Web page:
Posts for Fishtown

Harlequinade in Fishtown / Northern Liberties

Normally no one ever bothers us when we’re out taking photos. In fact, I don’t think we do. When we took these shots a few weeks ago someone actually asked us what we were doing and seemed a little concerned.

That story doesn’t have much to do with the actual piece, but it does make me wonder a bit how much trouble the people who do this actually get into sometimes, or how little.

Harlequinade has these awesome wheat pastes in Fishtown/ Northern Liberties located under the El.

Tober in Northern Liberties

Tober and Ken in Northern Liberties

Tober is, quite easily, the most wanted and notorious street artists in Philly right now. Cops wanna catch him, artists want to hang with him, and reporters want to interview him (seriously, hit us up!), and we had the chance to check out a ton of his coolest pieces lying around NoLibs! So sit back, relax, and enjoy these photos.

tober-ken-detail

Tober Detail Huge

Fishtown Bookstore got BOMBED!

Fishtown Bookstore Wall

Well, it always looked like it was, yuk yuk.

We were strolling along Frankford Ave and we came across this wonderful art jam! We don’t normally see a lot of Art Jams… plenty of sticker collaborations, but not a lot in terms of full-blown pieces. From GetUp’s Dancing Bandits and Ben Franklin with a boom box, to NoseGo and his insane tiger with Lazer Eyes, Buildsy and his Alfred E. Neuman paste-up, not to mention that sweet Mickey Mouse… this is just awesome! I couldn’t believe it when I saw it, and even now I can’t believe what it was that I was able to capture! Its always a pleasure when the local artists are allowed to really flex their artistic muscles and create some amazing pieces!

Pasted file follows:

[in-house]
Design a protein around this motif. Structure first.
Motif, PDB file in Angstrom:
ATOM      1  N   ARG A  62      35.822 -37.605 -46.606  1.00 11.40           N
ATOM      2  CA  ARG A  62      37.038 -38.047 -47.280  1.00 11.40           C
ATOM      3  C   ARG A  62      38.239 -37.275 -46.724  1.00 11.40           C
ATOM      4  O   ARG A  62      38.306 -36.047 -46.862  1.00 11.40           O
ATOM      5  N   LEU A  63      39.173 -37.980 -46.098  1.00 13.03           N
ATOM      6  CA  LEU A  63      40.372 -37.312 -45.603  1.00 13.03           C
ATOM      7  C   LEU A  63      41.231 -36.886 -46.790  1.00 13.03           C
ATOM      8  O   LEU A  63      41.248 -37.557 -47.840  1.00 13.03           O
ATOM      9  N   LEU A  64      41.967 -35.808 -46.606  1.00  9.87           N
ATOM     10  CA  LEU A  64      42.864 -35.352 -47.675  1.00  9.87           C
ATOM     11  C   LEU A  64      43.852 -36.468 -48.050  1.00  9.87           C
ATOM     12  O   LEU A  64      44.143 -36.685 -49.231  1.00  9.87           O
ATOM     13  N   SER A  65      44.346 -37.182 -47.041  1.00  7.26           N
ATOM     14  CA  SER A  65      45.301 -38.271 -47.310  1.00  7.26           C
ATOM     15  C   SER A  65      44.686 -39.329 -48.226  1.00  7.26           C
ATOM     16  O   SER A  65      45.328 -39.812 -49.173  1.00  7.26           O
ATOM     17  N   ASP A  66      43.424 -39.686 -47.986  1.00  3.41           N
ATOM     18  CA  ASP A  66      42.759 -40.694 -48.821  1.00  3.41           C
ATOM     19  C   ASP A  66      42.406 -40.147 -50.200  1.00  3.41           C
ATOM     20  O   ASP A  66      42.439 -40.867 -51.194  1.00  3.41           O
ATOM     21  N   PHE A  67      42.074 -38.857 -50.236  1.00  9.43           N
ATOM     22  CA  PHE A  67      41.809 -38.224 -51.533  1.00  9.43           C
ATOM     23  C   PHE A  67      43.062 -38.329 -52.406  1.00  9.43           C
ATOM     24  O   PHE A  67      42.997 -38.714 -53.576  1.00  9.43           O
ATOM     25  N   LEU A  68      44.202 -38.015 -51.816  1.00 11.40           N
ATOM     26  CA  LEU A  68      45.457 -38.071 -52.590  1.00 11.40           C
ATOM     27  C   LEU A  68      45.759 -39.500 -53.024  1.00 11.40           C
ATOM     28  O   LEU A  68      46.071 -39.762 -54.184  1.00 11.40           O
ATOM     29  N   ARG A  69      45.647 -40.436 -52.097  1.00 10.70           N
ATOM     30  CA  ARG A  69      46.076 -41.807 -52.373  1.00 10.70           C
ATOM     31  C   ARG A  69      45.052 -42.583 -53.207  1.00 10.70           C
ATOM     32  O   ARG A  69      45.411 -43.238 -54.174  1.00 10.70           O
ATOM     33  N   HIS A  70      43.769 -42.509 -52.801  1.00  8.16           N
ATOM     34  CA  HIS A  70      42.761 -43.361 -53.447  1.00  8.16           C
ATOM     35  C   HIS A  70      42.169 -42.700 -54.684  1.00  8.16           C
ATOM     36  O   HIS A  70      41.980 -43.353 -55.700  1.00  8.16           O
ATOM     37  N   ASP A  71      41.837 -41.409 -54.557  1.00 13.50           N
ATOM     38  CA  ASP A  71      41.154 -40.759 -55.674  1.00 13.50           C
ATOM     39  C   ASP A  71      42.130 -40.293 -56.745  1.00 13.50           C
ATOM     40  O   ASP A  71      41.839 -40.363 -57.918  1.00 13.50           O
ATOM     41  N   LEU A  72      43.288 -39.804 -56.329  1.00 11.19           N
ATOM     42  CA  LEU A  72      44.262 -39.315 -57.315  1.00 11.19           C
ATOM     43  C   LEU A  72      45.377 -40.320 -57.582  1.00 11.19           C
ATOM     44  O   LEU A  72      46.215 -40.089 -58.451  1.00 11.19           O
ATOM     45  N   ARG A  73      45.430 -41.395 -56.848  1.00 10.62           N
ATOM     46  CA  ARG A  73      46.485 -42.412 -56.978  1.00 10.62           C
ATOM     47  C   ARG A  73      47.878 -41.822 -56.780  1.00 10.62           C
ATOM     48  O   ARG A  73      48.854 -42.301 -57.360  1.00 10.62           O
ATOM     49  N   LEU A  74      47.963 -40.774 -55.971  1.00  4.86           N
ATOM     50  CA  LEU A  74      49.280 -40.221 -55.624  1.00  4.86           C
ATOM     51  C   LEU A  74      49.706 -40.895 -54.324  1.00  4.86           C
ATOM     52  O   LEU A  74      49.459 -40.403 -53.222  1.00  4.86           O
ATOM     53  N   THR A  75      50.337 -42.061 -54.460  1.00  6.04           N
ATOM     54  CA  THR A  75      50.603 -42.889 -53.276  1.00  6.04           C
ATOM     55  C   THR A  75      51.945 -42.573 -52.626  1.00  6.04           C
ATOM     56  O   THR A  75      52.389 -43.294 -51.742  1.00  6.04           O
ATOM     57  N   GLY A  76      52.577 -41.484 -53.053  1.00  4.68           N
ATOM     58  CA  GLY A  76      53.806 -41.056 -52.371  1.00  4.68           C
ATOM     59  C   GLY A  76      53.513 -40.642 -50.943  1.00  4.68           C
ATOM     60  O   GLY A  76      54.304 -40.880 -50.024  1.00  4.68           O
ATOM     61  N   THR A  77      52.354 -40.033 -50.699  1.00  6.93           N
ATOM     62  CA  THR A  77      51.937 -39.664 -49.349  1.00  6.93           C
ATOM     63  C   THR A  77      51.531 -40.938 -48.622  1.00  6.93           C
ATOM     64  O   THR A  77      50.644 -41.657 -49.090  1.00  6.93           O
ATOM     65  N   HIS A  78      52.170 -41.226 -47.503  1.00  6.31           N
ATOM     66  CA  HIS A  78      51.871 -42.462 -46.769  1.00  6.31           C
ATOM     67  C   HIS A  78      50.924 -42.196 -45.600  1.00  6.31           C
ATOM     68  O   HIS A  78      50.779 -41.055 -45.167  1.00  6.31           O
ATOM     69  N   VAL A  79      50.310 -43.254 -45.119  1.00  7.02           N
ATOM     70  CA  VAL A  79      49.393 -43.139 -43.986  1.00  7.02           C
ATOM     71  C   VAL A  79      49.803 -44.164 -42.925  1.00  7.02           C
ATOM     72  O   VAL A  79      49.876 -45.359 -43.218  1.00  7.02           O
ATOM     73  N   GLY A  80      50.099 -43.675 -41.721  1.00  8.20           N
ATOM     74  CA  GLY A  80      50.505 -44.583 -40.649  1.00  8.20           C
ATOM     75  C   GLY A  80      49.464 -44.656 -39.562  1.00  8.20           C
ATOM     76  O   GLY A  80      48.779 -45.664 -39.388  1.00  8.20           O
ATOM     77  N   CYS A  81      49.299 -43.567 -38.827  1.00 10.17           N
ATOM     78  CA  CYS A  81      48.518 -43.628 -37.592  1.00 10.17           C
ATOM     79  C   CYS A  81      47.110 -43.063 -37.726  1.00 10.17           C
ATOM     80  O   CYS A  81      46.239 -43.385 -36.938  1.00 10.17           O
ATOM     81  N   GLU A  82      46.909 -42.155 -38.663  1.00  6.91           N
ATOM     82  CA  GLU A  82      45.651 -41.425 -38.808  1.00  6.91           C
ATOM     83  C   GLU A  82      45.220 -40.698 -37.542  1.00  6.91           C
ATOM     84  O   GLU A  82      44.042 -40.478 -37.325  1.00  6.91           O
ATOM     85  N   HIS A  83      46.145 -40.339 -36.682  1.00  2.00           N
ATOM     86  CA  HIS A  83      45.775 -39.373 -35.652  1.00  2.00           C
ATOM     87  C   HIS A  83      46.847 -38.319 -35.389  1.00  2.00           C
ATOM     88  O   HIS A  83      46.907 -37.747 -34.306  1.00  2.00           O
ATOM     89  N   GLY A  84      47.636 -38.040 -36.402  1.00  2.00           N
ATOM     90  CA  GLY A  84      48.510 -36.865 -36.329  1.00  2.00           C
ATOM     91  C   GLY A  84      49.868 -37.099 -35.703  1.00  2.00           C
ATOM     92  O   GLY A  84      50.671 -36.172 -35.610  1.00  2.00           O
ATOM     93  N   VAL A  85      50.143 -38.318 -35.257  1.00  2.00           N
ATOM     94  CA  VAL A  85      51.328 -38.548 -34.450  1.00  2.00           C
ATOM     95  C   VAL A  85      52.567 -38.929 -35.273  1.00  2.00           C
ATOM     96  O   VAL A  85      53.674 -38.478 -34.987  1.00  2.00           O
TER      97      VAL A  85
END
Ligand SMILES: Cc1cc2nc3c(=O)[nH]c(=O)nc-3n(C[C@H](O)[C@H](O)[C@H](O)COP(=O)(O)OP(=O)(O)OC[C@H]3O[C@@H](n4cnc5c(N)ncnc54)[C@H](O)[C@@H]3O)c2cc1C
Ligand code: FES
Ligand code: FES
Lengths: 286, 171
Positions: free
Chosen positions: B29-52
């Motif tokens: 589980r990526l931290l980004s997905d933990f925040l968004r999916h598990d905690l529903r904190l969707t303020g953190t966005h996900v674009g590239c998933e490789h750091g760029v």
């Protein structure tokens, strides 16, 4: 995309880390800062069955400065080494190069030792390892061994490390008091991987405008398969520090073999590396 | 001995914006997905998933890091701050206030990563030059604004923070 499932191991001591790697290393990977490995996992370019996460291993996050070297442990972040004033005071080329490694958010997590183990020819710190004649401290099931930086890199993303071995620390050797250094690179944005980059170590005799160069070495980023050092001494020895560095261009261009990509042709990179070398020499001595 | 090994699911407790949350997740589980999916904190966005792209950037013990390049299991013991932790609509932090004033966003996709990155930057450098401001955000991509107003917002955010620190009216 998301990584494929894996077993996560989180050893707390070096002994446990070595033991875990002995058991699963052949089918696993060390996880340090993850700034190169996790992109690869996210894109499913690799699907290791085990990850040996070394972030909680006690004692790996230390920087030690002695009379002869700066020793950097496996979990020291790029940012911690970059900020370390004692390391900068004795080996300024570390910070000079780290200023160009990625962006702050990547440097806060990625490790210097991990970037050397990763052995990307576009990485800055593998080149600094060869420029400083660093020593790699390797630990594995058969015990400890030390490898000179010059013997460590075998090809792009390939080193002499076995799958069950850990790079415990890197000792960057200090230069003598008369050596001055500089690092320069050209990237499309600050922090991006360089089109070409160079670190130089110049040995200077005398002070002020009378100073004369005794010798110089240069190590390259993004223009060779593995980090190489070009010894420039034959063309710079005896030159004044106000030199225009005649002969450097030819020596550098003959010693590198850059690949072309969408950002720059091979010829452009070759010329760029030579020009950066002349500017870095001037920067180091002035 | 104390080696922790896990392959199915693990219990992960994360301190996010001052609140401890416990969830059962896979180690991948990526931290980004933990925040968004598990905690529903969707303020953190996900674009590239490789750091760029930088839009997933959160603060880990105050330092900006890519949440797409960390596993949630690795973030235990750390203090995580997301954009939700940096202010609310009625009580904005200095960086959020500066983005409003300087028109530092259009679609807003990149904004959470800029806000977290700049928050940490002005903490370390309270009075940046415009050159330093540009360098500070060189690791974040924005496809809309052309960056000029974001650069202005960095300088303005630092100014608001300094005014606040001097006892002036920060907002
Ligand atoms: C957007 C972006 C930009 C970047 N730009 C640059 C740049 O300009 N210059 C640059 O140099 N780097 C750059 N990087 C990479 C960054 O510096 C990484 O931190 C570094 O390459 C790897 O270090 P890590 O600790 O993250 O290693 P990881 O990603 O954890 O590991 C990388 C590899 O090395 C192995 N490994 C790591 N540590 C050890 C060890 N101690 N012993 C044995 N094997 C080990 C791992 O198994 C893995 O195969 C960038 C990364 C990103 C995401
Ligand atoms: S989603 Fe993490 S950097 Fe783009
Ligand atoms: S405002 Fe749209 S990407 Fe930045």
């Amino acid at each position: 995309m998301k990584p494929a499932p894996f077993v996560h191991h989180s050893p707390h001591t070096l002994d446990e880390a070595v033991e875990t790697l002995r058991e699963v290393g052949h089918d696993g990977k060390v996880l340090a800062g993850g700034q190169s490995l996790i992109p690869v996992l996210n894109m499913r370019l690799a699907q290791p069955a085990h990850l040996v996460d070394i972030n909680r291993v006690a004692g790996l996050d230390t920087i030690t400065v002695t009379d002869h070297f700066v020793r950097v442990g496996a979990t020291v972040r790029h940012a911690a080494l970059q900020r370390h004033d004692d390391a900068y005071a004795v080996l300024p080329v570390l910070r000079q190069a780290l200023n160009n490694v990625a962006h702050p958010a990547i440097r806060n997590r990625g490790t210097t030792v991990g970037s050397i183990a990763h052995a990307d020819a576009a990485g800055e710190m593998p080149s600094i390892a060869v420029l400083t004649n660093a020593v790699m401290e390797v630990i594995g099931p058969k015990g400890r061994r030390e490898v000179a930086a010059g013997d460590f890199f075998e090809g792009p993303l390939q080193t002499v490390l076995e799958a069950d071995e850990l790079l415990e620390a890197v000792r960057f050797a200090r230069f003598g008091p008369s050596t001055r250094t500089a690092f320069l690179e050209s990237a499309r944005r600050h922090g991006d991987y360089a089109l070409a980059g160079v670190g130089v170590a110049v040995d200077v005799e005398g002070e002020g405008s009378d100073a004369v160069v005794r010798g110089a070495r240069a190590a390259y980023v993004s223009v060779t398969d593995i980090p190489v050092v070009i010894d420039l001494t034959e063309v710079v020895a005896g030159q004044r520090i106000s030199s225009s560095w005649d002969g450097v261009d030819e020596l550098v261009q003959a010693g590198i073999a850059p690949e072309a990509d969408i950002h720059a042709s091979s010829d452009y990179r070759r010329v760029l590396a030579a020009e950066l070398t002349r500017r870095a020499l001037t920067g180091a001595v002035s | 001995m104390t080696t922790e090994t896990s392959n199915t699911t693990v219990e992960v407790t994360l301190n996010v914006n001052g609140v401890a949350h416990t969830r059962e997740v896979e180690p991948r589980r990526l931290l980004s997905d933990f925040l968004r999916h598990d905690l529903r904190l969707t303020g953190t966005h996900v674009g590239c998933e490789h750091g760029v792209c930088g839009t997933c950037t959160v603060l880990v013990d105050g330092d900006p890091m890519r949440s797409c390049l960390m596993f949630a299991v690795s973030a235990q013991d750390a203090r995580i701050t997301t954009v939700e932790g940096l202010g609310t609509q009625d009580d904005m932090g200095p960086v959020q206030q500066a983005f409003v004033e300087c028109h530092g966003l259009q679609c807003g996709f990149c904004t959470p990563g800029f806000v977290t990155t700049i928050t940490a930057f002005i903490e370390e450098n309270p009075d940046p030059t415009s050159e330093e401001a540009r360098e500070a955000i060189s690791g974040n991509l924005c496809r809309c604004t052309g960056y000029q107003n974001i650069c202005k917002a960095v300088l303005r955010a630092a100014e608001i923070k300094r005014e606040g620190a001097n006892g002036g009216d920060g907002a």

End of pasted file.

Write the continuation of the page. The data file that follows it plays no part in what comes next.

That Old PGW Building

I need to actually get closer to this building!

In this photo from left to right: Skrew, Nekst Avoid, Sore, Akn, and Skero.

Spain v. Shepard Faiery: The Throwdown in Fishtown!

Lauren Cassady Removing Graffiti

Lauren Cassady Removing Graffiti

Photo courtesy of Philadelphia Neighborhoods

Local Street Artist Spain hit the Shepard Fairey “mural” in Fishtown back in January, and shortly after that the piece started to get cleaned up. Local art conservator Lauren Cassady began cleaning and restoring the piece not long afterwards, and wrapped up work not too long ago.

From the moment word got out and through the entire restoration process, a debate raged on about the entire event. Were the streets giving their opinion about the once-infamous street artist not only going legit but big time being a mockery to the essence of what they thought Street Art was? Was the action simply a rouge action?

The reaction, according to Lauren, has been largely positive:

Also, I have been approached, both on the street and online, by several active street artists/bombers, who support me fully. The subculture has a well defined set of mores and standards, and these artists, the local ones especially, want to beat the shit out of this “spain” guy. Basically, they tell me that a “toy” bombed a “king”, a huge non-no in that world. It just doesn’t happen without repercussion in that community.

I’ve stated it time and time again since I started this blog with Pipelines: We are still relatively new to this. We don’t know the full extent of the truth, and we also don’t know what the general reaction is from the streets. I tend to try and stay neutral.

Shepard Fairey’s murals have come under fire since he started having them commissioned. The reasons have ranged anywhere between him being a sellout, unoriginal, and just going against the reason street art even exists. At the same time, he’s been praised or being such a talented artist and bringing interesting art to the masses.

The argument for the piece is that not only is it essentially a commissioned mural, the tag would have been cleaned up no matter what. The fact that Lauren is doing it in order to preserve the original wheat pasting is better than just painting over it and trying to replicate it. The argument can easily be made that is someone did this to a Bansky they would be run out of town, which I’m pretty sure is true. That said, there is as reason that people respect and love Bansky in a way Shepard isn’t, and it isn’t something easy to explain.

So where does the truth lie? Did Spain cross the line, or did Shepard get what was coming to him?

I’m leaving it up to you, the readers of this blog, to make the decision. We’ll post the best comments Friday.